GEOSCAN Search Results: Fastlink

GEOSCAN Menu


TitleChanging coastlines
 
AuthorLokman, K
Source 2021. Retrieved from [https://plotandscatter.com/living-breakwaters-web/] (2022 05 30) Open Access logo Open Access
LinksOnline - En ligne
LinksUBC Living Breakwaters
Image
Year2021
PublisherUniversity of British Columbia
DocumentWeb site
Lang.English
Mediadigital; on-line
File formathtml; pdf
ProvinceBritish Columbia
NTS82E; 82F; 82G; 82J; 82K; 82L; 82M; 82N; 82O; 83C; 83D; 83E; 92; 93; 94; 102; 103; 104; 114
Lat/Long WENS-139.1667 -114.0000 60.0000 48.0000
Subjectssurficial geology/geomorphology; marine geology; Science and Technology; Nature and Environment; coastal management; Climate change; Climate change adaptation; Infrastructures; Innovation; Adaptation measures and options; cumulative effects
ProgramClimate Change Impacts and Adaptation
ProgramClimate Change Impacts and Adaptation Climate Change Adaptation Program
Released2021 01 01
AbstractRising sea levels and increased frequency and severity of extreme weather events due to climate change, damage coastal buildings, infrastructures, and beaches, impacting municipalities, First Nations, and Provincial and Federal governments. In order to implement mitigation and adaptation strategies, Natural Resources Canada has provided generous support to the Changing Coastlines project to develop a layered approach to coastal adaptation that incorporates living systems and enhances local and regional ecosystems and spatial quality while reducing flood/erosion risks and vulnerabilities caused by sea level rise.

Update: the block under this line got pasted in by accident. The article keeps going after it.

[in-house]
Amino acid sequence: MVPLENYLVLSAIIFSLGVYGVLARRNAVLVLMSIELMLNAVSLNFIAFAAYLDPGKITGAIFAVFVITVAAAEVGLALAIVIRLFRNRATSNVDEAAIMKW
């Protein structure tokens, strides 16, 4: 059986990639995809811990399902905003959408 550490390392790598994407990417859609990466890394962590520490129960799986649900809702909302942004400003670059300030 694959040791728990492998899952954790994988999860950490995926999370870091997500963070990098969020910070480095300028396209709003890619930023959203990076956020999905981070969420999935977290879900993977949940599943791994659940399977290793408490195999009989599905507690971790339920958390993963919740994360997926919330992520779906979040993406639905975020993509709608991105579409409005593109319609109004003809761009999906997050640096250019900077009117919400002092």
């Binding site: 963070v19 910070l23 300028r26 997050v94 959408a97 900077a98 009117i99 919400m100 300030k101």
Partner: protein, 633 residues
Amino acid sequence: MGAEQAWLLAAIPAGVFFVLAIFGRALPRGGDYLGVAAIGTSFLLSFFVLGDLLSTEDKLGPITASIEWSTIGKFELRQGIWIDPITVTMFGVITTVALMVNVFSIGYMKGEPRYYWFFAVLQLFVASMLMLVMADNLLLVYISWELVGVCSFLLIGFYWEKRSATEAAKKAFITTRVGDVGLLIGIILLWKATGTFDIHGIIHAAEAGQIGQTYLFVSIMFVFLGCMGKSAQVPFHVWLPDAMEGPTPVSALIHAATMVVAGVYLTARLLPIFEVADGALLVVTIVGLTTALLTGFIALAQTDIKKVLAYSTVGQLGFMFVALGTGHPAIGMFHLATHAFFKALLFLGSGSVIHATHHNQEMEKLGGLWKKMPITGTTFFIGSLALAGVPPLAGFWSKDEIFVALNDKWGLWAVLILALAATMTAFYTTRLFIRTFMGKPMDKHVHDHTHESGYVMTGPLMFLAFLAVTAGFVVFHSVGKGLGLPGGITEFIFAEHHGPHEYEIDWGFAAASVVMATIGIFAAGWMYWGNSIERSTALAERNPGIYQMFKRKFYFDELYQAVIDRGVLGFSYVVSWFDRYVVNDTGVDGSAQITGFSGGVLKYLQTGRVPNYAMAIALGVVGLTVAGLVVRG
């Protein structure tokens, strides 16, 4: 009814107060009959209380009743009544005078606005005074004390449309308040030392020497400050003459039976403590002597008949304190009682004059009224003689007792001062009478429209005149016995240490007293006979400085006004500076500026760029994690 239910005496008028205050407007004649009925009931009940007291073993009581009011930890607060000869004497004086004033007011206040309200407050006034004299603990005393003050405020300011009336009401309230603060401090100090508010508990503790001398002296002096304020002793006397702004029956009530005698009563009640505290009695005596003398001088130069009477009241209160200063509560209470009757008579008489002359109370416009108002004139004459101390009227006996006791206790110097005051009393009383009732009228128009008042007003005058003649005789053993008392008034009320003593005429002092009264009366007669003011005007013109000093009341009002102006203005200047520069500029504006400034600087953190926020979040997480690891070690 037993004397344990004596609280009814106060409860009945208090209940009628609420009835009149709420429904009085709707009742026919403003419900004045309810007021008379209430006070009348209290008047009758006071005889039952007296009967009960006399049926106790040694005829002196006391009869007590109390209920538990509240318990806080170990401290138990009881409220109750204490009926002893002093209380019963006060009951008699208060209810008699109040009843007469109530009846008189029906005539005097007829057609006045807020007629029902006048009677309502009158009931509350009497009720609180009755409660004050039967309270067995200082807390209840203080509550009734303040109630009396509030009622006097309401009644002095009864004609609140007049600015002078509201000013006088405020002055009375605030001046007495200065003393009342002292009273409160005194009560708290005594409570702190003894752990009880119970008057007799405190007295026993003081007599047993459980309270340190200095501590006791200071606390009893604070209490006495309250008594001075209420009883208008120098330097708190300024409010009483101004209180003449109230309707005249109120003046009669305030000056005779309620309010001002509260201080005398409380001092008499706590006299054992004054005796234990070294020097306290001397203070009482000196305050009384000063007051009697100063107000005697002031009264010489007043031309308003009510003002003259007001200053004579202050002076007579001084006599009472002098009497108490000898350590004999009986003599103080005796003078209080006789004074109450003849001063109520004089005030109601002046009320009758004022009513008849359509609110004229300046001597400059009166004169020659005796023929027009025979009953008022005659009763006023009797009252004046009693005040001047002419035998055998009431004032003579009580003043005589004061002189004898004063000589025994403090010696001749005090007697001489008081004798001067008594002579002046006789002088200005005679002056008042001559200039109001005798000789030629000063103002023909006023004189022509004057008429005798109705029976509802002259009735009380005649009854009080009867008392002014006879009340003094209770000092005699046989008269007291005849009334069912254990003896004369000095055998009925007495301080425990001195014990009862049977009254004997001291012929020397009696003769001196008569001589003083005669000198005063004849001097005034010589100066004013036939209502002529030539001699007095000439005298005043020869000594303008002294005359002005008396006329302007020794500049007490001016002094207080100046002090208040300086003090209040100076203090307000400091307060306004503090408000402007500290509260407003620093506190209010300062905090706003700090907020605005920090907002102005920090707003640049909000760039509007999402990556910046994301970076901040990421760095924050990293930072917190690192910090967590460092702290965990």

Canada's coastline is the largest in the world measuring 243,042 km. In western Canada, in coastal cities such as Vancouver, municipal and city governments have already begun to utilize adaptation strategies to protect and enhance coastal ecosystems, and existing coastal infrastructure. These strategies include a suite of hard and soft conventional and unconventional approaches that are meant to reduce risk related to sea level rise (SLR) by integrating coastal ecosystem adaptive capacity with nature-based ecosystem, and governance solutions
Summary(Plain Language Summary, not published)
This website hosts the University of British Columbia's Changing Coastlines adaptation information portal, Changing Coastlines. Changing Coastlines provides information on adaptation strategies and resources for planners, designers, and coastal managers. The portal provides adaptation information in the form of interactive maps, narrative sections, and visualizations of a wide range of flood risk and sea-level rise adaptation approaches based on the idea of designing with nature.
GEOSCAN ID330144

 
Date modified: